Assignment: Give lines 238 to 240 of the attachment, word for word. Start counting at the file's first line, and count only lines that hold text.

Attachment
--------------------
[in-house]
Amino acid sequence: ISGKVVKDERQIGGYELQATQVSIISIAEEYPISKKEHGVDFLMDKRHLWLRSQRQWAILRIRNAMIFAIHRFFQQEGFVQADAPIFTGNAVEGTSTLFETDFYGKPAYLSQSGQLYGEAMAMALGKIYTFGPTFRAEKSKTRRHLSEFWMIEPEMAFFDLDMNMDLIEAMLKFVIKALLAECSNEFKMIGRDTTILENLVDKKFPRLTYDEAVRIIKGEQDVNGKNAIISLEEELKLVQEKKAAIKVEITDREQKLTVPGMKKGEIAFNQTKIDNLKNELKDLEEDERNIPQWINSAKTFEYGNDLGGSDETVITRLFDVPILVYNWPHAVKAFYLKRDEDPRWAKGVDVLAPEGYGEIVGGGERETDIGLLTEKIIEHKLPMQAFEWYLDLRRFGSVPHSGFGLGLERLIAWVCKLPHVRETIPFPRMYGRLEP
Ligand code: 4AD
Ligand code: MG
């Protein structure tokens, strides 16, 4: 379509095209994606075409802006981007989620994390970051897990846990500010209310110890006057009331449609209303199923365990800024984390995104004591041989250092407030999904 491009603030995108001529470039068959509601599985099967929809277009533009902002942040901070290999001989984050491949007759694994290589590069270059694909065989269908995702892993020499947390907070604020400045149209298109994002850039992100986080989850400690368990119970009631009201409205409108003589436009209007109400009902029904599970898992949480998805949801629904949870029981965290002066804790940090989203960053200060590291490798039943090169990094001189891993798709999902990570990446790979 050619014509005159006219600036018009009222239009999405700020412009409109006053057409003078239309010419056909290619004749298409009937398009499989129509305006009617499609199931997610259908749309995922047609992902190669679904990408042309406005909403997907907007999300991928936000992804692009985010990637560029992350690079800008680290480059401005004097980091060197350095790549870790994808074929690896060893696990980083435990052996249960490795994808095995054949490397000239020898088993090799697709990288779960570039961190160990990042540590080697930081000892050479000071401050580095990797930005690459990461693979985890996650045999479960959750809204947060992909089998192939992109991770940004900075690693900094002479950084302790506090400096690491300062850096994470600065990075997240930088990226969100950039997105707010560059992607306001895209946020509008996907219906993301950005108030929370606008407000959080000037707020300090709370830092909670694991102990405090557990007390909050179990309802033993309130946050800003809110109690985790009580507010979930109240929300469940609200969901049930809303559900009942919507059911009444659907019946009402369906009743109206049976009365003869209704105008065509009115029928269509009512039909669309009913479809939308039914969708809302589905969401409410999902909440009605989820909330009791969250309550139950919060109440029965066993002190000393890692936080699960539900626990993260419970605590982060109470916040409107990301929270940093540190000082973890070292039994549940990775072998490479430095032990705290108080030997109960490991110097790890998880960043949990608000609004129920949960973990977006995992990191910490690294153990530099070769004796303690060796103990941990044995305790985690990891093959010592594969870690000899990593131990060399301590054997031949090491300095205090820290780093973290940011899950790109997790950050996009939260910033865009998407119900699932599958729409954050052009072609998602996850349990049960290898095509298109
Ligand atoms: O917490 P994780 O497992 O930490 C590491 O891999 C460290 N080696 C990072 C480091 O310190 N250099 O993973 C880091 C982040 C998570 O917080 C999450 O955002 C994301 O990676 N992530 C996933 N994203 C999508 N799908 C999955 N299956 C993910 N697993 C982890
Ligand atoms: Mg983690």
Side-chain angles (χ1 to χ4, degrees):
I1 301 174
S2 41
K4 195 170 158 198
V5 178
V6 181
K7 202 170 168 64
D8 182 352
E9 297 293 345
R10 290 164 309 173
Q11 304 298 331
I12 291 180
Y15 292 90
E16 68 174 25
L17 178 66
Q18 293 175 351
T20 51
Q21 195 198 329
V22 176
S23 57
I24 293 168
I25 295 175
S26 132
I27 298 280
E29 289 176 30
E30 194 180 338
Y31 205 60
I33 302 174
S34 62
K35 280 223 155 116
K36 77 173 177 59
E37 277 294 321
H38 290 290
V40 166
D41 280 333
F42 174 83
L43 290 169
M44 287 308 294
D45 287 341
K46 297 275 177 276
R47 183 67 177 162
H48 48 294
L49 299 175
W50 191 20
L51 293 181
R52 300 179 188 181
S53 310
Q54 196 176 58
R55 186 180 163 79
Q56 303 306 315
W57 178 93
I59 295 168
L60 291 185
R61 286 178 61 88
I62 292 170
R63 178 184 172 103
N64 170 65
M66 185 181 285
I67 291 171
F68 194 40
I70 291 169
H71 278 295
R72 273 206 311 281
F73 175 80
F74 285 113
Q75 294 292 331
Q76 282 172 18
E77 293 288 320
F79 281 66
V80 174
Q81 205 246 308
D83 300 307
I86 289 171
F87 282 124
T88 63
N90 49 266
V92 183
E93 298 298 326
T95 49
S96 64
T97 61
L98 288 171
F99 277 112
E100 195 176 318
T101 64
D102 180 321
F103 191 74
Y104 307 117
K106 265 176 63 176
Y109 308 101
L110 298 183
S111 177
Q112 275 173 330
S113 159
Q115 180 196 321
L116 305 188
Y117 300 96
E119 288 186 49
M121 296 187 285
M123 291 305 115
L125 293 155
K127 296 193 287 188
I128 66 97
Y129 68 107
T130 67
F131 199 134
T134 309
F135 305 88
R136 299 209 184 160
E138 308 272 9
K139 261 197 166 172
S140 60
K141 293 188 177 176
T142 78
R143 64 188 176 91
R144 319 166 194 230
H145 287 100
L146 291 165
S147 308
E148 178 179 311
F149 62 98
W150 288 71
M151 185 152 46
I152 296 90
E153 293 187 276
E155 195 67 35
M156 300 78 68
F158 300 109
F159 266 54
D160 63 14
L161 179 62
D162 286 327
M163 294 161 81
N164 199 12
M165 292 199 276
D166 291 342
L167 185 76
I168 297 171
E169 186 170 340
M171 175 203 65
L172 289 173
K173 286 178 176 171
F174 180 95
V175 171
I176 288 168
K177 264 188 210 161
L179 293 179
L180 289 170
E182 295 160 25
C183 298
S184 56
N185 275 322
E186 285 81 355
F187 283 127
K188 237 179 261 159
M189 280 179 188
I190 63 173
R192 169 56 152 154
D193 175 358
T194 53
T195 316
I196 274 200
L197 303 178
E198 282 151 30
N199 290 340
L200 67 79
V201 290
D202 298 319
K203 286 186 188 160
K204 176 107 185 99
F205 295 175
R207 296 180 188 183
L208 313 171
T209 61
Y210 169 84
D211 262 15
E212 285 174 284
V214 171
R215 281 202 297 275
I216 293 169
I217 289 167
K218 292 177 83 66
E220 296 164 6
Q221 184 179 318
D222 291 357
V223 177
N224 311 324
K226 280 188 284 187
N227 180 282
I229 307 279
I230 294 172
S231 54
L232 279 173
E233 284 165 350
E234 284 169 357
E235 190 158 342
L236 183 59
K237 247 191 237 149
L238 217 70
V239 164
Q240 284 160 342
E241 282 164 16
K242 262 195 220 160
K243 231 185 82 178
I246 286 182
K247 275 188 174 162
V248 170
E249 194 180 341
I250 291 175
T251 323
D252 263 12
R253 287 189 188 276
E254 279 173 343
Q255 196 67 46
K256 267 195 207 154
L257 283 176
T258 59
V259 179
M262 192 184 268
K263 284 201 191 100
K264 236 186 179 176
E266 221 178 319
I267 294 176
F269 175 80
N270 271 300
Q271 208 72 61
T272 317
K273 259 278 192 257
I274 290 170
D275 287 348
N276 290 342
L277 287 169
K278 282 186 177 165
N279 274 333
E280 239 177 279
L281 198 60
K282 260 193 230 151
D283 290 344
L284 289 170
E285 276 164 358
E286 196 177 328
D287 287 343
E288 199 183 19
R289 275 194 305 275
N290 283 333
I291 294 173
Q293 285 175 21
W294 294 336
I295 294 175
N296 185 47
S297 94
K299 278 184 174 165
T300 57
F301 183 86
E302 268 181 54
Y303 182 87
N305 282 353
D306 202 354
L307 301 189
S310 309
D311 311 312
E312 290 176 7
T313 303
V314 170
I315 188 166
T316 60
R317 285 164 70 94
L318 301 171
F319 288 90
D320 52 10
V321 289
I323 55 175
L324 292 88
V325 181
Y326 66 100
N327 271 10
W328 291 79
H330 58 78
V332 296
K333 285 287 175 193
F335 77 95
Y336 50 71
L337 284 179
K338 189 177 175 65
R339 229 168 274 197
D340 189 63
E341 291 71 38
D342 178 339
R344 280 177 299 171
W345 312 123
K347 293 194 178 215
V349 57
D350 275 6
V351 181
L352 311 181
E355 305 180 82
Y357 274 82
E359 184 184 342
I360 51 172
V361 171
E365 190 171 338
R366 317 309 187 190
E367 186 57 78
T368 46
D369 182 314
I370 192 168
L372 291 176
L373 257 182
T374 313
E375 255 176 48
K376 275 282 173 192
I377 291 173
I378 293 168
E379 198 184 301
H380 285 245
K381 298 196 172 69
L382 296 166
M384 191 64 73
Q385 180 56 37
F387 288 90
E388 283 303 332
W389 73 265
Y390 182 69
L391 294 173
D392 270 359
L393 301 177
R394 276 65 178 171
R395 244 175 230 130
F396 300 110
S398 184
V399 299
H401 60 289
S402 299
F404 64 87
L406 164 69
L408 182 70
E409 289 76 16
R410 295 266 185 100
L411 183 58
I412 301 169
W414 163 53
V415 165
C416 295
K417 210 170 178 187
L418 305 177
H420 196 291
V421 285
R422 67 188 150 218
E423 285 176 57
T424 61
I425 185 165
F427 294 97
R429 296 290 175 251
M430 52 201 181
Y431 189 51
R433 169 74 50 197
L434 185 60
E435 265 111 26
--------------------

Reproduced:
N276 290 342
L277 287 169
K278 282 186 177 165